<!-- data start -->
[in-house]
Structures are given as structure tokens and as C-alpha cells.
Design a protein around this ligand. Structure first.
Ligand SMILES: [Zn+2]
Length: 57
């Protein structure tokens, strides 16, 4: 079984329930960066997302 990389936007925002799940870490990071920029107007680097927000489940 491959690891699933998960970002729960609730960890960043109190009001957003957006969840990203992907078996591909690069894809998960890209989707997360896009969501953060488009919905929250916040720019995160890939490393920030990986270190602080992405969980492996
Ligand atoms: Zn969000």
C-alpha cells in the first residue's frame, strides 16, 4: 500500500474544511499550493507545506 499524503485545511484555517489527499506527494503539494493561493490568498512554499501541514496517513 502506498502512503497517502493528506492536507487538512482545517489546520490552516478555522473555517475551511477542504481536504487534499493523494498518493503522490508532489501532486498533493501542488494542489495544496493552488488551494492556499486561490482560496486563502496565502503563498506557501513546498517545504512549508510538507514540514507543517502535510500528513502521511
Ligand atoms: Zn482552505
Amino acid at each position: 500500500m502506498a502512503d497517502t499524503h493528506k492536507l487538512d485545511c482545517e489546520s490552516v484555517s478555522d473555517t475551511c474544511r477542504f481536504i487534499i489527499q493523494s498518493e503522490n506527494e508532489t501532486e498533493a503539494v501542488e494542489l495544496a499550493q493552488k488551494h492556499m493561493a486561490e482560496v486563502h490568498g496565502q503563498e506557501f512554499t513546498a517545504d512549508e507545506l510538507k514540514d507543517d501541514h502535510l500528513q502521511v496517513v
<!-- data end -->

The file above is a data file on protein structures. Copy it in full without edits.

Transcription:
[in-house]
Structures are given as structure tokens and as C-alpha cells.
Design a protein around this ligand. Structure first.
Ligand SMILES: [Zn+2]
Length: 57
């Protein structure tokens, strides 16, 4: 079984329930960066997302 990389936007925002799940870490990071920029107007680097927000489940 491959690891699933998960970002729960609730960890960043109190009001957003957006969840990203992907078996591909690069894809998960890209989707997360896009969501953060488009919905929250916040720019995160890939490393920030990986270190602080992405969980492996
Ligand atoms: Zn969000």
C-alpha cells in the first residue's frame, strides 16, 4: 500500500474544511499550493507545506 499524503485545511484555517489527499506527494503539494493561493490568498512554499501541514496517513 502506498502512503497517502493528506492536507487538512482545517489546520490552516478555522473555517475551511477542504481536504487534499493523494498518493503522490508532489501532486498533493501542488494542489495544496493552488488551494492556499486561490482560496486563502496565502503563498506557501513546498517545504512549508510538507514540514507543517502535510500528513502521511
Ligand atoms: Zn482552505
Amino acid at each position: 500500500m502506498a502512503d497517502t499524503h493528506k492536507l487538512d485545511c482545517e489546520s490552516v484555517s478555522d473555517t475551511c474544511r477542504f481536504i487534499i489527499q493523494s498518493e503522490n506527494e508532489t501532486e498533493a503539494v501542488e494542489l495544496a499550493q493552488k488551494h492556499m493561493a486561490e482560496v486563502h490568498g496565502q503563498e506557501f512554499t513546498a517545504d512549508e507545506l510538507k514540514d507543517d501541514h502535510l500528513q502521511v496517513v